Hopefully you’ll have a chance to eat too much, put your feet up, and light up a few good cigars this week while being generally thankful for the good things in life. That’s my goal. Before donning my combat gear and rushing out at o’ dark-thirty to buy a 937” razzamataz definition television with the latest 3D virtual cup holders. I hope someone brings a camera to Walmart, I’ve choreographed a pretty epic brawl sequence, if I do say so myself. But before the all the festive gluttony, sloth and violence…
It’s once time again for another issue of Brian’s The Week In Smoke. In case this is your first Week in Smoke, be advised that it covers many (though not necessarily all) of the cigars I’ve smoked in the past week (or the past month, or however long it has been since the last issue), along with a couple of quick thoughts that came to me at the time. These are not full cigar reviews, but quick blurbs based on a single smoking experience. As such, they may be influenced by the natural variations that occur from one cigar to another. Your mileage may vary. (If I know the cigar well enough to comment, I may mention if an experience strays from what understand to be the norm.)
An appearance in The Week in Smoke does not preclude nor guarantee a future in-depth review. Whenever possible, I’ve linked to more a thoughtful and thorough review of the cigar in question. (Or maybe I’ve linked to a photo of Jerry The ‘Stache. You won’t know until you click.) Enjoy!
Balmoral Añejo XO Petit Robusto
Many of the cigars I smoked over the past week have been on the heavier, fuller end of the spectrum. I decided it mix it up one day and go a little lighter with a Balmoral Añejo XO. As in times past, the cigar burned flawlessly, producing creamier notes initially and following that up with cinnamon, light wood, earth and some pepper.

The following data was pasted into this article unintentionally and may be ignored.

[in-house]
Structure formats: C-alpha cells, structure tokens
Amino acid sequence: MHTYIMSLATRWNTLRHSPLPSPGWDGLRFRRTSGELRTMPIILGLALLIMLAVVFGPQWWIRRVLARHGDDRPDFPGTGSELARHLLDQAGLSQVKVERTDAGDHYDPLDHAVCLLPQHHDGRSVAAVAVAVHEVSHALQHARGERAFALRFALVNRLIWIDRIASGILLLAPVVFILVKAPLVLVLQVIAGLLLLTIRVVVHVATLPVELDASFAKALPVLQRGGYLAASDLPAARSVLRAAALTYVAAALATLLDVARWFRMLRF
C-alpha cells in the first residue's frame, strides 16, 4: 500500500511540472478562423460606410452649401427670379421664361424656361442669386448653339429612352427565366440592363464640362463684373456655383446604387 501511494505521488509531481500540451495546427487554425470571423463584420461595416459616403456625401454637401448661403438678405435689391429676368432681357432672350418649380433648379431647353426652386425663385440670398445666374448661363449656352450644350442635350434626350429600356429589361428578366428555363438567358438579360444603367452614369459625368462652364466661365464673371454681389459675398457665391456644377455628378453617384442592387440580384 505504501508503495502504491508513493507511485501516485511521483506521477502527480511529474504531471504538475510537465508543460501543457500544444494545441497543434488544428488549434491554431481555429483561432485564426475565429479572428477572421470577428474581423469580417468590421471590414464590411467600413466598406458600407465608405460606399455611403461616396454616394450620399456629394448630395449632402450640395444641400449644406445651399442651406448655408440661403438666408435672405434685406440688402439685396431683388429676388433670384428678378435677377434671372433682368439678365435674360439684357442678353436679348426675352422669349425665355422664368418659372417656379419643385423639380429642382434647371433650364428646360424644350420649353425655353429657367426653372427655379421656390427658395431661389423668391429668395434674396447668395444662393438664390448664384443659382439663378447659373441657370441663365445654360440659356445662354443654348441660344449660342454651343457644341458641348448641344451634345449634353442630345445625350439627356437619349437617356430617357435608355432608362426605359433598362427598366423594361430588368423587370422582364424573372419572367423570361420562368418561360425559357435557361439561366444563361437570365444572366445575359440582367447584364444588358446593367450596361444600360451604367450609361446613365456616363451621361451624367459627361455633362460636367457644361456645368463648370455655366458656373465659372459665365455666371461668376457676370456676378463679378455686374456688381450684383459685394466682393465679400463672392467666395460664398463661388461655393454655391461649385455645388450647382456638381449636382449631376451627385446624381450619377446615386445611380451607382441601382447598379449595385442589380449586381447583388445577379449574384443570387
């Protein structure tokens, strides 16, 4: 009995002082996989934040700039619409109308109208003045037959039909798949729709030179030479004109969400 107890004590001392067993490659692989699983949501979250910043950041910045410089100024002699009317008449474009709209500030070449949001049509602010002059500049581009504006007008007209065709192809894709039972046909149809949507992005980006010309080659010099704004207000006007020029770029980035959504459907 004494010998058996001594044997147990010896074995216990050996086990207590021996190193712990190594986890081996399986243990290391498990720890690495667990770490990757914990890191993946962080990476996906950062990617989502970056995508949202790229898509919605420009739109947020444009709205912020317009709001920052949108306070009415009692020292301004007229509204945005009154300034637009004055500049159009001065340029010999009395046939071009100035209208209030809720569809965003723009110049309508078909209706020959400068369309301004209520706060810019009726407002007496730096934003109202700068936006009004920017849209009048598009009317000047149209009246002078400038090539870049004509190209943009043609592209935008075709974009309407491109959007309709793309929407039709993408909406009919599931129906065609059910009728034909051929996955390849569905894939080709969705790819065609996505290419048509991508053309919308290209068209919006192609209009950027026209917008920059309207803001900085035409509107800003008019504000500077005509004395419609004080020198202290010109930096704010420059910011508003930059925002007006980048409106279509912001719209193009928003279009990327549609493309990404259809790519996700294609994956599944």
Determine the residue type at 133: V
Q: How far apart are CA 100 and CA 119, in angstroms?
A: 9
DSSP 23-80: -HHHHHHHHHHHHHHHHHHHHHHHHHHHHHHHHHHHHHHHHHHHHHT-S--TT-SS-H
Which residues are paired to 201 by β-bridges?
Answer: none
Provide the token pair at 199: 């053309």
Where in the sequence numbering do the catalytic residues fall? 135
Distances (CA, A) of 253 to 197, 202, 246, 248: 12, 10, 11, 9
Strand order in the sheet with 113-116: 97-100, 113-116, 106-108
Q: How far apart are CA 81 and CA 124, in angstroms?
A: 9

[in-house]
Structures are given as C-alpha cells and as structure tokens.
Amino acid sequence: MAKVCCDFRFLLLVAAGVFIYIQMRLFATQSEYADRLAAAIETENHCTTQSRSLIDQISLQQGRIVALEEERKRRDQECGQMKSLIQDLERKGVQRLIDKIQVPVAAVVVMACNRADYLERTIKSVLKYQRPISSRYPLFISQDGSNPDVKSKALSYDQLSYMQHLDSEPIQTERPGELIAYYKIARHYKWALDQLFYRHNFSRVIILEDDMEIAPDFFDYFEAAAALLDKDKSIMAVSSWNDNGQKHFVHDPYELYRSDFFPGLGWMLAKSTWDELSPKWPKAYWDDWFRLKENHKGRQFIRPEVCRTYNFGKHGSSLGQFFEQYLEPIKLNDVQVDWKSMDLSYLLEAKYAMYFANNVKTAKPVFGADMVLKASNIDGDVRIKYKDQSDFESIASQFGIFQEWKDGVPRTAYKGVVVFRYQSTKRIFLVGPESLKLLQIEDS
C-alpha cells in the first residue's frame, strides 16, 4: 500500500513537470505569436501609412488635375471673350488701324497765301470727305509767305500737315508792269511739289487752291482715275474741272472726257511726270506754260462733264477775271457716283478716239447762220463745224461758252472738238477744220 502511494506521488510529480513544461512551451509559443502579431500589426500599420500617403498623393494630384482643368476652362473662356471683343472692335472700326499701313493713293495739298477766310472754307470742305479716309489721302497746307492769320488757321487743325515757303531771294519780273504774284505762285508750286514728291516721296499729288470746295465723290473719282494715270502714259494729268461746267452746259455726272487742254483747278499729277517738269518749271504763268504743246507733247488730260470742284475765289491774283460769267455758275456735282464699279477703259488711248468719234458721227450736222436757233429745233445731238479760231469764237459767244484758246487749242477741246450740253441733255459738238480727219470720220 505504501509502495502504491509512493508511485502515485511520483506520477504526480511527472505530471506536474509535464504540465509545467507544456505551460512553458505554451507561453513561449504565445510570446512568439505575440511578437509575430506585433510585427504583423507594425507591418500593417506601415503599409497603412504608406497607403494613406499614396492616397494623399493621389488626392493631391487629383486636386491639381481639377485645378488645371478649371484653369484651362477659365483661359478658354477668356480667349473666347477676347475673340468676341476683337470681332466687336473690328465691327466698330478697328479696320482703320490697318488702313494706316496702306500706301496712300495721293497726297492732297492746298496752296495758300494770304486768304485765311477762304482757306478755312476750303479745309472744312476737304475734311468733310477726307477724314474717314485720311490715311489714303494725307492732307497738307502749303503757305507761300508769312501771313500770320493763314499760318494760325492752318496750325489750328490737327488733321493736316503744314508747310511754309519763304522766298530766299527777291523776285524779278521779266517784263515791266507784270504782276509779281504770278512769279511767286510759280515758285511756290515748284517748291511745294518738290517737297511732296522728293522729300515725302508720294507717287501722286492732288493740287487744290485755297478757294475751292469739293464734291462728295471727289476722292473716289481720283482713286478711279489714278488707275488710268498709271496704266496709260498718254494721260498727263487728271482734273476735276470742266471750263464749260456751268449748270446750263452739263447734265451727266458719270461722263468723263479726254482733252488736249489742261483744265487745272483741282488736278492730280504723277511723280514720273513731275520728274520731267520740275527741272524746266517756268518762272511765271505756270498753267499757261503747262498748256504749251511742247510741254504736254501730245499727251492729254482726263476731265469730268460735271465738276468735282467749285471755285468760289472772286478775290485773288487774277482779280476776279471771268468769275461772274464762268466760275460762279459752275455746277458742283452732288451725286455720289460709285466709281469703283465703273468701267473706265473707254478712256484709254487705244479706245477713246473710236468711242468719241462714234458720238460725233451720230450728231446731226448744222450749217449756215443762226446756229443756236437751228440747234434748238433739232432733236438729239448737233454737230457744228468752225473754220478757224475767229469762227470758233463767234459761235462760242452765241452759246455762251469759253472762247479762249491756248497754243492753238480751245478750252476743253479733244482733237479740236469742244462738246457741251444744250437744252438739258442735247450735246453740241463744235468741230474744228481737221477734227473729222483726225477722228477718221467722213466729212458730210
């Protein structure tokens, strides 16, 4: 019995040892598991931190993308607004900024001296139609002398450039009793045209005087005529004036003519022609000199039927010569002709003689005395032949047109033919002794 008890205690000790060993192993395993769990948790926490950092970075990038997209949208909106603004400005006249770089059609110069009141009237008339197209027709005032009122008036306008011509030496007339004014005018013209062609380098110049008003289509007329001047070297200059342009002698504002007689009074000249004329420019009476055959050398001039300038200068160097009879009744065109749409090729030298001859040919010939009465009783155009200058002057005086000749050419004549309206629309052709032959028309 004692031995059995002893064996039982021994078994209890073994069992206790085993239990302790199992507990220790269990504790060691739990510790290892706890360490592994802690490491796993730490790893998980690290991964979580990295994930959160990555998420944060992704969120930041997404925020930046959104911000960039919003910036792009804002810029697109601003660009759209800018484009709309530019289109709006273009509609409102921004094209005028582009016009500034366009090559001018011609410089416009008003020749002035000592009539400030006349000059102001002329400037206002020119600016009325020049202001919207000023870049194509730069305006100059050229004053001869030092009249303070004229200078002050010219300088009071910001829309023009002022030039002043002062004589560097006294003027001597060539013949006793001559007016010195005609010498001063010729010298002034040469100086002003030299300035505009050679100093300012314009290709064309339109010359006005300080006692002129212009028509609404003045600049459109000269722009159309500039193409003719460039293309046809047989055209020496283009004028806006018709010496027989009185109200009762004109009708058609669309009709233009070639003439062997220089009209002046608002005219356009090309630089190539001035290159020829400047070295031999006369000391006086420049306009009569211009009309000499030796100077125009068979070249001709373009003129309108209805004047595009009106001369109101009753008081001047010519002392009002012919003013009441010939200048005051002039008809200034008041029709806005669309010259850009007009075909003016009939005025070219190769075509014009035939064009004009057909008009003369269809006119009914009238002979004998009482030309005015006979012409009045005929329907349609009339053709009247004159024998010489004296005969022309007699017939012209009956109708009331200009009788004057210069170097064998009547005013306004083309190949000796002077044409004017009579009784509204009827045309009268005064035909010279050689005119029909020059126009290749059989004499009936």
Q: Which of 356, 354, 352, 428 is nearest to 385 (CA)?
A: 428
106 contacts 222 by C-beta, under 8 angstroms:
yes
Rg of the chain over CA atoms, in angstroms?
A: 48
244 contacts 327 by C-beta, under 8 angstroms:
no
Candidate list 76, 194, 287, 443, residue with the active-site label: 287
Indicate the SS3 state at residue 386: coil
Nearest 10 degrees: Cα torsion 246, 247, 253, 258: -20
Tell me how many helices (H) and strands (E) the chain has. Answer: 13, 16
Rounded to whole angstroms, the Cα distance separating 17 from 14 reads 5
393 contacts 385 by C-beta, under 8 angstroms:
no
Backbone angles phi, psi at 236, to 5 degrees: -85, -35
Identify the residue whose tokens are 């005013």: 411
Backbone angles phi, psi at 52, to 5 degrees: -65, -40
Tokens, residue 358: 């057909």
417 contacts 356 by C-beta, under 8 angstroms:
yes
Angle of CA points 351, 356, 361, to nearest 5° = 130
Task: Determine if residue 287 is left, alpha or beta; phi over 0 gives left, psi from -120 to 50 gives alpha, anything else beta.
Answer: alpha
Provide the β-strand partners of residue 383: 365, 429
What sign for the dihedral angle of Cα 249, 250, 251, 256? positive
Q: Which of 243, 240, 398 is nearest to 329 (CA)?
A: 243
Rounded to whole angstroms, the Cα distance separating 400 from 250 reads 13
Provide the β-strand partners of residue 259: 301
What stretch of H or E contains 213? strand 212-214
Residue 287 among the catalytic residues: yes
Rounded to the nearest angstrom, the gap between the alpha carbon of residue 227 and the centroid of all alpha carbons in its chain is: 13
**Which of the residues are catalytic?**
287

Camacho Shellback Limited Edition ’15
The Camacho Shellback was a recent impulse buy, and I didn’t realize at the time how long it had been resting in the humidor. I’m all in favor of free cigar aging. The cigar got off to a peppery start, and there was a touch of bright acidity to it. Wood, chocolate, earth, caramel and a deep dried-fruit sweetness developed as the cigar burned. Pepper, earthiness and a touch of char grew toward the end. It was a solid smoke that does not seem to have been harmed by its prolonged sleep.
Cornelius & Anthony Senior Esugars Robusto *
I had a cigar in mind to light up, but sometime between the time I made a note of it and the time it was time to smoke, I misplaced it. My guess is I’ll most likely find it the next time I defrost the freezer, along with a slew of lost keys and cutters. While I was looking for the cigar in the usual places (i.e. humidors), I spotted this Cornelius & Anthony Senior Esugars and decided to quit looking. I knew it was a left over sample from IPCPR, and I really needed to be smoked ASAP. Fresh out of the cellophane, the wrapper had a bold and enticing leather aroma. The flavor was full of rich earthy (and sometimes sweet) chocolate, leather and light touches of both pepper and spices. There were some issues with the burn, but I’m giving it a pass this time. I’ll be more critical when I smoke one that didn’t survive Las Vegas. I enjoyed it and would smoke it again.